We are so bombarded by the noise around healthy eating that it has acquired this veneer of difficulty – we think if we’re not going vegan or paleo or buying special super foods we must not be doing it right.
You’ve worked for many years as a food writer and editor, and sing the praises of sensible, healthy eating. Is it hard to get across the message of moderation when there’s so much nutrition ‘noise’ from so-called experts out there in social media?
It’s really hard. We are so bombarded by the noise around healthy eating that it has acquired this veneer of difficulty – we think if we’re not going vegan or paleo or buying special super foods we must not be doing it right. When actually, as I say many times, in many different ways, we all actually know how to eat to be healthy, and it is not difficult or expensive. So what I do in my talks and in my writing is to kind of remind people about that. A lot of the time they’re almost relieved to hear it; it’s reassuring.
Do you think food fads will ever end, or are they getting more frequent/noticed?
No, they’ll never end. It’s human nature to look for a silver bullet; a quick fix; the answer. Now it’s really easy for a fad to get oxygen and attention via social media. So they just keep coming. But just remember – there’s nothing really new, especially in the world of diets. So I think perhaps what will end is people blindly following every trend that comes along, as we get more savvy about this stuff.
When did you first become interested in healthy eating? What inspired you? What keeps you interested today?
I’ve always been quite interested in healthy eating, but really it’s because I’m interested in eating, full stop. I could never have food without pleasure. So I guess what inspires me is my love of eating! I actually love creating food that tastes really good but also happens to love you back.
What keeps me interested is that I never stop learning. In the world of nutrition where I hang out, there is always, always, something interesting and new going on. The science is always evolving and I find that really fascinating. And today we face some of the biggest (pun intended) challenges we ever have in terms of health with the ‘diabesity’ crisis that’s growing every day. Big things are going to have to happen to put the brakes on that.
Why do you think people are so big and unhealthy when so many of us have access to quality information and fresh foods, more than ever before?
That is such a complex question and my take on it from talking and listening to many, many experts is that there is no one answer. It’s a whole combination of things, from psychology and physiology to our environment, economic status and lifestyle. The environment is a big one, though. Our world is set up, really, to help us be overweight and unhealthy. It can be really hard to fight that, and clearly many of us just can’t. We’re overwhelmed.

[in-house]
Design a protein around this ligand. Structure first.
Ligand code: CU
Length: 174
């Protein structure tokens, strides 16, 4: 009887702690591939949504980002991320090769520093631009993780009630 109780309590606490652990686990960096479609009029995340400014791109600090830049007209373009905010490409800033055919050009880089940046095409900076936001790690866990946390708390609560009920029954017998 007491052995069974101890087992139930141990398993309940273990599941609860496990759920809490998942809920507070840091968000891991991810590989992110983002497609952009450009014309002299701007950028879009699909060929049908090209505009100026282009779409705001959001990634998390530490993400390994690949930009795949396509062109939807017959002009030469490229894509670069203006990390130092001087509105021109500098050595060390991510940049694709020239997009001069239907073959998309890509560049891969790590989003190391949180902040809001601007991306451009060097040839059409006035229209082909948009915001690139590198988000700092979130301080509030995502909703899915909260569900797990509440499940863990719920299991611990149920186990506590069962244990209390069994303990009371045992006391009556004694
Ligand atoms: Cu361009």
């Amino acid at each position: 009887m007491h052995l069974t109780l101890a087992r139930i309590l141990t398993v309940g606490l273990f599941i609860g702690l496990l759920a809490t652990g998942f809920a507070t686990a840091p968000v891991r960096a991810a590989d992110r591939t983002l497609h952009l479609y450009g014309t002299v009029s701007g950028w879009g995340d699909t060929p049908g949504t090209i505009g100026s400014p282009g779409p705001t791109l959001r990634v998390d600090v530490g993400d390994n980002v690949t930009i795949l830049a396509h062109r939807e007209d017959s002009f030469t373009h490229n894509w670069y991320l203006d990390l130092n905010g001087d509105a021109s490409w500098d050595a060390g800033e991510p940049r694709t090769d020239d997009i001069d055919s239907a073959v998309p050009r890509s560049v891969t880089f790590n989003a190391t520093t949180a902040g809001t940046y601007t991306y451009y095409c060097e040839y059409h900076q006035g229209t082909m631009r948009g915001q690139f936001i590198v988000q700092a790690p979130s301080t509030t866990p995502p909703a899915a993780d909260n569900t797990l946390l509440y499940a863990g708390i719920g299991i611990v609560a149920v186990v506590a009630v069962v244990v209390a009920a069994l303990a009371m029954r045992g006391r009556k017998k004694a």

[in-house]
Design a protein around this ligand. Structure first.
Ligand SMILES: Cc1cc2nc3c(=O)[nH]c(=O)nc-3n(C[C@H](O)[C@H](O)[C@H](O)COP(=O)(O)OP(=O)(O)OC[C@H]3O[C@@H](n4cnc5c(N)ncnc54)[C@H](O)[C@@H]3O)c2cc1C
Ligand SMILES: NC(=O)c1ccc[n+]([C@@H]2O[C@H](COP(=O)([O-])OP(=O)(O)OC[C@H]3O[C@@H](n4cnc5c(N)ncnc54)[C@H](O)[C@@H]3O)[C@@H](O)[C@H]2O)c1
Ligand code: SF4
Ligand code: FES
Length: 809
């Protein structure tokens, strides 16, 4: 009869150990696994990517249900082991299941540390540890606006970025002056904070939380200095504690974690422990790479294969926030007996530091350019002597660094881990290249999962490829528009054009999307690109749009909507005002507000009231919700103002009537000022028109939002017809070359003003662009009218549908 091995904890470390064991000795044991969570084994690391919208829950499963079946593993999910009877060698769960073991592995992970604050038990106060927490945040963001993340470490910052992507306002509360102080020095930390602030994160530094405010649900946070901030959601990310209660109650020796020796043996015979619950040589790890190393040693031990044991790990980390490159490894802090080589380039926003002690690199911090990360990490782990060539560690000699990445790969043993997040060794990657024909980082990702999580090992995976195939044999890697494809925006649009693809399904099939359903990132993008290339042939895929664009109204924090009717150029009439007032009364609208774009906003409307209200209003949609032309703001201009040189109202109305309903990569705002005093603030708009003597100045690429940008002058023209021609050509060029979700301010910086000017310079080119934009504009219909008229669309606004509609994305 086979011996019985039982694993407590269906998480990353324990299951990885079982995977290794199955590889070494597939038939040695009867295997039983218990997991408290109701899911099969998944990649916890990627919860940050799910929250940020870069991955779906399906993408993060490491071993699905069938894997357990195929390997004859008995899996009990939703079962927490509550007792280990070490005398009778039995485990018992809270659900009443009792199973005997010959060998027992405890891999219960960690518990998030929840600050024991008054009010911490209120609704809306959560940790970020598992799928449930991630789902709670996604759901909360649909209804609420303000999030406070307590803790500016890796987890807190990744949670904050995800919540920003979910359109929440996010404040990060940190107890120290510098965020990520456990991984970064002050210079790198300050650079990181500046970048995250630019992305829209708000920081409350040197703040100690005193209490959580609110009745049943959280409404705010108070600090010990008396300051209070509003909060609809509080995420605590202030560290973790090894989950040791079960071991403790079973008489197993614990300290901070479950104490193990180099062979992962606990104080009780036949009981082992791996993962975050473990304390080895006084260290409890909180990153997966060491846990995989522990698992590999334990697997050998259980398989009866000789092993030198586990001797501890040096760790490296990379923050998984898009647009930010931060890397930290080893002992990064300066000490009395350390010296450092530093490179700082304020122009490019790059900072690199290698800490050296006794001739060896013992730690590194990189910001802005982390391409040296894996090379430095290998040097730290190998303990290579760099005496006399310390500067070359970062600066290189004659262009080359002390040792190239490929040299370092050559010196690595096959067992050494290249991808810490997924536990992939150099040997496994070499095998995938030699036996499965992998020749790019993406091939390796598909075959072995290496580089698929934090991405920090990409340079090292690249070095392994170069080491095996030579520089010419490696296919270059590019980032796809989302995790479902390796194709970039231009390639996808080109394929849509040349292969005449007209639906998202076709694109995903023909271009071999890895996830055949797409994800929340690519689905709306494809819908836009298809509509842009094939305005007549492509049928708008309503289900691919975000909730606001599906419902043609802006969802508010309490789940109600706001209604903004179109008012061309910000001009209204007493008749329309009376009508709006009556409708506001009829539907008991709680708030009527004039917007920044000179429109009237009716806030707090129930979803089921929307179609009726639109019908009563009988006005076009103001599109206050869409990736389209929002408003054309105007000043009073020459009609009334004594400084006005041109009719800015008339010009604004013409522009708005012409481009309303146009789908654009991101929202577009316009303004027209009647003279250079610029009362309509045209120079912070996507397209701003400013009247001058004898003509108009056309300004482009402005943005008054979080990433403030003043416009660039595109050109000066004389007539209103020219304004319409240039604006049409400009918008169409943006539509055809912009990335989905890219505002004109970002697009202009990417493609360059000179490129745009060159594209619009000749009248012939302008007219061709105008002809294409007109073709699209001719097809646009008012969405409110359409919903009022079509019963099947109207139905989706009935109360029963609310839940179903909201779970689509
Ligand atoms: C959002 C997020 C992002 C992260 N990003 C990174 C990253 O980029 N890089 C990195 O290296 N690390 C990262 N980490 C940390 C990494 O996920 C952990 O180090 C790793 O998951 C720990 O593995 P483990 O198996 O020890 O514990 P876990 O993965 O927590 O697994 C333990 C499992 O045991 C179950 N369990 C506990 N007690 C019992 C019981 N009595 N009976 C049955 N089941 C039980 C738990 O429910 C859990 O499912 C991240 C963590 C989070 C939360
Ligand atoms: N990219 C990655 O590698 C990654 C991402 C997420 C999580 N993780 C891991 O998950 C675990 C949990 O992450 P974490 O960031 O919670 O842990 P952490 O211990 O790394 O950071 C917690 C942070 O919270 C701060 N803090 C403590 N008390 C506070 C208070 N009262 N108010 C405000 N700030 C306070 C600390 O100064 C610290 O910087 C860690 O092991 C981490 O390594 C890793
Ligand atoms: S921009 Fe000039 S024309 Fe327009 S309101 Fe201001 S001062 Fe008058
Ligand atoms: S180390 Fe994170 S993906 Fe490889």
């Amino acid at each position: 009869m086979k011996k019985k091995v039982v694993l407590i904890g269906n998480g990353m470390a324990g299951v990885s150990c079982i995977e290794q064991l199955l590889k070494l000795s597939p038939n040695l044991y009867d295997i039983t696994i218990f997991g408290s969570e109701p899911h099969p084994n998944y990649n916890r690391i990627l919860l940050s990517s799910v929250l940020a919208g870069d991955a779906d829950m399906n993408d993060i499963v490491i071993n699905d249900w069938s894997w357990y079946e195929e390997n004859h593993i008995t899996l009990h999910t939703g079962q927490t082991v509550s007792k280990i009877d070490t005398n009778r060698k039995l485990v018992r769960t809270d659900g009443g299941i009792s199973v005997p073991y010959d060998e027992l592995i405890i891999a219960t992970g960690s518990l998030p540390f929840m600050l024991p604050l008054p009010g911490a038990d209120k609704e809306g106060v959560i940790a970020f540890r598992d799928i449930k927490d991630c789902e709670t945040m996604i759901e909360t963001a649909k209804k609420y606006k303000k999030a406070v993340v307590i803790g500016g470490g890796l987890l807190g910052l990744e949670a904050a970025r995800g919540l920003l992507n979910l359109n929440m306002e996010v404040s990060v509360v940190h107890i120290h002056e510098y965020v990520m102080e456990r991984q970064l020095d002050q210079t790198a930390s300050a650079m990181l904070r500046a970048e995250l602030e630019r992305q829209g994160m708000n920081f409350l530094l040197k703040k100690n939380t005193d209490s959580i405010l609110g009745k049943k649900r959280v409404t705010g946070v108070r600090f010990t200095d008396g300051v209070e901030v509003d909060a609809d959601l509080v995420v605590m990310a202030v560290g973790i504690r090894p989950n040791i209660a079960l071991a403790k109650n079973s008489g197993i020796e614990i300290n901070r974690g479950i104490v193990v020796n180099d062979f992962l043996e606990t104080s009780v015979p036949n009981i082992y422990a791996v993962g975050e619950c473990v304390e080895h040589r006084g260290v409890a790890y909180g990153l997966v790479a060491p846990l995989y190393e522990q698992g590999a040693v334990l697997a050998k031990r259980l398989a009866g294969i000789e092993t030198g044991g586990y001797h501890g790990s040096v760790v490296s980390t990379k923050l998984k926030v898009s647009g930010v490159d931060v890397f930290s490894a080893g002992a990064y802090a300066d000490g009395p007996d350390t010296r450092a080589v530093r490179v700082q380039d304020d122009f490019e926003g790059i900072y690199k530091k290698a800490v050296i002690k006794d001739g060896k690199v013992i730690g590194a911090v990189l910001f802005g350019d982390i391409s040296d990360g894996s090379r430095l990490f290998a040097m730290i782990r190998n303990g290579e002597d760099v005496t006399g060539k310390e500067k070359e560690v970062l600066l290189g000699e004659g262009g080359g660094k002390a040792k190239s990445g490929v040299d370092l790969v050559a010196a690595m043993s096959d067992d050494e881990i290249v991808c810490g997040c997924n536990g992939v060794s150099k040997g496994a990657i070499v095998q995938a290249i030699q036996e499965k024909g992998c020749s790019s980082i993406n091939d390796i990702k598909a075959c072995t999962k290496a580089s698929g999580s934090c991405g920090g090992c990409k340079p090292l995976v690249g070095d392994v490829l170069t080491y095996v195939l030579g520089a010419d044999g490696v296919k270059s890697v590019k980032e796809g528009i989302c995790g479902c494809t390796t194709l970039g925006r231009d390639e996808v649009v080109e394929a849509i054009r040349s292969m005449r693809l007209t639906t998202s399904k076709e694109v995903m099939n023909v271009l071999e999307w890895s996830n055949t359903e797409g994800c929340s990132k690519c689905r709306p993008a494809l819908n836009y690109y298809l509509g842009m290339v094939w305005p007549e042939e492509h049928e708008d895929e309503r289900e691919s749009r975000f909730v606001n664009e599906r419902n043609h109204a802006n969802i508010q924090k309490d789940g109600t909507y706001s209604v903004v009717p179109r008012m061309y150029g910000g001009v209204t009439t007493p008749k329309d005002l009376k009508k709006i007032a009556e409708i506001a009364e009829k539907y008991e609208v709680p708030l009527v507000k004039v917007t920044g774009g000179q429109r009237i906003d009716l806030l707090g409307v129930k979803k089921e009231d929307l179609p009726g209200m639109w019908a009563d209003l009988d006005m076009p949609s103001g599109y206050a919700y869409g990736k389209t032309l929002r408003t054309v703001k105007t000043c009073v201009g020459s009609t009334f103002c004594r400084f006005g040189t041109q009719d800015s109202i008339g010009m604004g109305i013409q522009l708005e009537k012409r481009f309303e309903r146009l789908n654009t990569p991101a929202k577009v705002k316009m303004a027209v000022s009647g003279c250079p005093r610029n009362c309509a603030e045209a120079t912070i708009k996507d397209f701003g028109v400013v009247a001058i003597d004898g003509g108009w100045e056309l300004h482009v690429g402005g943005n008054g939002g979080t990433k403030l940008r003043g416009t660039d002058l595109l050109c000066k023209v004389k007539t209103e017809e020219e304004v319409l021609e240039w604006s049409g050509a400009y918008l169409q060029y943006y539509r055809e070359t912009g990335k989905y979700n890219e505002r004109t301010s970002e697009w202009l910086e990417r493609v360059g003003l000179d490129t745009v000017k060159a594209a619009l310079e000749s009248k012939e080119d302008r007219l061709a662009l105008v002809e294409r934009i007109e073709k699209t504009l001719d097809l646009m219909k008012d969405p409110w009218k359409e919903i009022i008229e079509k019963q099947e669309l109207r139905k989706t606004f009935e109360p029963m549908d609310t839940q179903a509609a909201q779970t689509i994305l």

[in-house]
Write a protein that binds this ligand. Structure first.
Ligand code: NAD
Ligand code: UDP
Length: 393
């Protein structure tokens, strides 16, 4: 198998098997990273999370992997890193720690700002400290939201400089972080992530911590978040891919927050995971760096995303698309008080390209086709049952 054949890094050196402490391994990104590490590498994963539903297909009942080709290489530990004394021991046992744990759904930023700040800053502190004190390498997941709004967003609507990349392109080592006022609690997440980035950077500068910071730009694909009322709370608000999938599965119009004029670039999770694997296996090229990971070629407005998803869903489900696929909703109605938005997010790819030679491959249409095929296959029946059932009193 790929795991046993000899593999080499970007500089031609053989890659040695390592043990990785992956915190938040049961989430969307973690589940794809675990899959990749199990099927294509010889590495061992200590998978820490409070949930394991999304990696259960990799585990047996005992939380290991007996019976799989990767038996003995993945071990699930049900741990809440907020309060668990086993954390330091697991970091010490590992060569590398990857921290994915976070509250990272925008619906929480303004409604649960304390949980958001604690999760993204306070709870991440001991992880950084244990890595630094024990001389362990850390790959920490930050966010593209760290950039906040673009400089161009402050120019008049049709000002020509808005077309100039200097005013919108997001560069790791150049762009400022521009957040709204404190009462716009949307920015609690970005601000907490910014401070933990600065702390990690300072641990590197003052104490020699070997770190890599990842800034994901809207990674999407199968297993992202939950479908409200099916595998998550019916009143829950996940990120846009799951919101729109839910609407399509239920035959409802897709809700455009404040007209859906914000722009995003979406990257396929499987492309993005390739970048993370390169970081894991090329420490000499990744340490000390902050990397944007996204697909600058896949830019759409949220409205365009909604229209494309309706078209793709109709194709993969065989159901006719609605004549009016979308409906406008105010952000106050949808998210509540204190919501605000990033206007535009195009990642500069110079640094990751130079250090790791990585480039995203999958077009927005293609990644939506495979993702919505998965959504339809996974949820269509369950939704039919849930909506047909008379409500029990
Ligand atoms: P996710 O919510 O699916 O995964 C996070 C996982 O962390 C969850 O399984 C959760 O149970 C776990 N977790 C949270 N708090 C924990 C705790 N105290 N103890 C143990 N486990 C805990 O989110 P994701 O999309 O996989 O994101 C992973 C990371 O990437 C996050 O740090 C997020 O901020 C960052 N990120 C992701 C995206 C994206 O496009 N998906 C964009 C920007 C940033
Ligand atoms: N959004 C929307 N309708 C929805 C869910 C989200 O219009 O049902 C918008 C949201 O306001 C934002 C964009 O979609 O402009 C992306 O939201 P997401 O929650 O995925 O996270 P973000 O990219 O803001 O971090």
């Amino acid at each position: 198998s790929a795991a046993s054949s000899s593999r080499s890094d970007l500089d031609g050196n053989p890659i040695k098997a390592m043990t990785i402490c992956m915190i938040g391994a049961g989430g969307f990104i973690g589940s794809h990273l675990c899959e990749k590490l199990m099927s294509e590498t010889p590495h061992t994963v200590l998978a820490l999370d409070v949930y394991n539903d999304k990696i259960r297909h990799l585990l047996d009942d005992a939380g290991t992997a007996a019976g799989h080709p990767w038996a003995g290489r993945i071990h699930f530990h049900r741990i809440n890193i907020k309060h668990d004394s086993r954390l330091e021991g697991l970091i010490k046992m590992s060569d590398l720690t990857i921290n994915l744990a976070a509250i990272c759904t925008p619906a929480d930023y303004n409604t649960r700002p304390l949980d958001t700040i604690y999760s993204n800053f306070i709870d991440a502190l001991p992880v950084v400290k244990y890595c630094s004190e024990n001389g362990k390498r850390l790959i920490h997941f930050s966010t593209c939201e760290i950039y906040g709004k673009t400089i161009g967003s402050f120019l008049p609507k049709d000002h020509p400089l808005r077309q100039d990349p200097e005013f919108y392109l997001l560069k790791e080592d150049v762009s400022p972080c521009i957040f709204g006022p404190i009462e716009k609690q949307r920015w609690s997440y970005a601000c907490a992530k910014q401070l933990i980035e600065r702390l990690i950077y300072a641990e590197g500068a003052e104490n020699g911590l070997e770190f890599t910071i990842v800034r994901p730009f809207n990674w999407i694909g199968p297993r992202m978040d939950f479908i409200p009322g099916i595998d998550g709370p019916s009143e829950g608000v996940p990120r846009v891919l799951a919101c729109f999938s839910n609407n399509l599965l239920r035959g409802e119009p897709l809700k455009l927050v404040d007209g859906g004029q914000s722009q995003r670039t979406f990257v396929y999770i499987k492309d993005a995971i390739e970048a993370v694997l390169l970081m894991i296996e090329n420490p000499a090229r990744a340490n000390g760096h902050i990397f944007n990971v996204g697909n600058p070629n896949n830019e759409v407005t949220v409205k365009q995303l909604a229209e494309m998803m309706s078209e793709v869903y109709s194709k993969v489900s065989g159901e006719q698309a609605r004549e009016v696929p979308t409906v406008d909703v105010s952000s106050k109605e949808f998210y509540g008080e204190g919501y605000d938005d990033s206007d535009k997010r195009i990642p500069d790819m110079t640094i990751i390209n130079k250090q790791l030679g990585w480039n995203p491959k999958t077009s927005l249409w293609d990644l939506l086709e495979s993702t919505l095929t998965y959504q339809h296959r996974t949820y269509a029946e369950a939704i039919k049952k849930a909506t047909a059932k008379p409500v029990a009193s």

If you had to choose your top five favourite food ingredients, what would they be?
This changes all the time. Right now: miso, chillies, eggs, cheese, broccoli.
Do you ever get sick of talking about food? Do people confess their food sins to you?
I rarely get sick of talking about food. It’s a fascinating topic! Sometimes I don’t want to read or watch TV shows about it, though! So maybe I do get a bit overloaded at times.
I’m not sure about the sins… people are often quite reluctant to invite me over for dinner. I think they think they need to cook something really impressive and amazing, but actually I love it when anyone cooks for me, even if it’s just eggs on toast.
If you had three key pieces of advice for people when it comes to healthy eating, what would they be?
- Try and listen to your body; eat when you’re hungry and don’t eat when you’re not, and stop eating when you’re full. Sounds simple but it’s not so easy; but if we can do this we’re half way there.
- Don’t beat yourself up about what you eat. Don’t let food make you feel guilty or ashamed. That’s giving food far more power than it should have. And likewise, try not to obsess about eating ‘right’. Just try and eat well most of the time.
- Eat lots of veges. However much you eat, add more.
You’re also a vintage fashionista, with an interest in ethical clothing. What led you down that path?
I’ve always loved fashion and style, and always loved vintage to some extent. I guess a couple of years ago I had a bit of an epiphany when I watched the film The True Cost. It really changed the way I think about what I buy; and from then on I got into vintage in earnest, and also revived my love of sewing. So now my clothes are either old, or home-made, for the most part. I love vintage because the clothes have stories to tell. They are special and precious. A lot of what I wear is older than I am; I love the idea of these dresses having had a whole life and adventures before they came to me. It’s much better than a boring chain-store thing that hundreds of other people also own. A vintage/home-made wardrobe is truly individual, and for me it’s a way of expressing myself, too. It’s a creative outlet.
Niki Bezzant is passionate about food, healthy eating, nutrition and food culture, and marketing and policy. She is editor-at-large of Healthy Food Guide magazine, a columnist for the Herald on Sunday and a frequent contributor to radio and television. She is also a lover of vintage fashion and a keen sewer. She also really, really loves veges.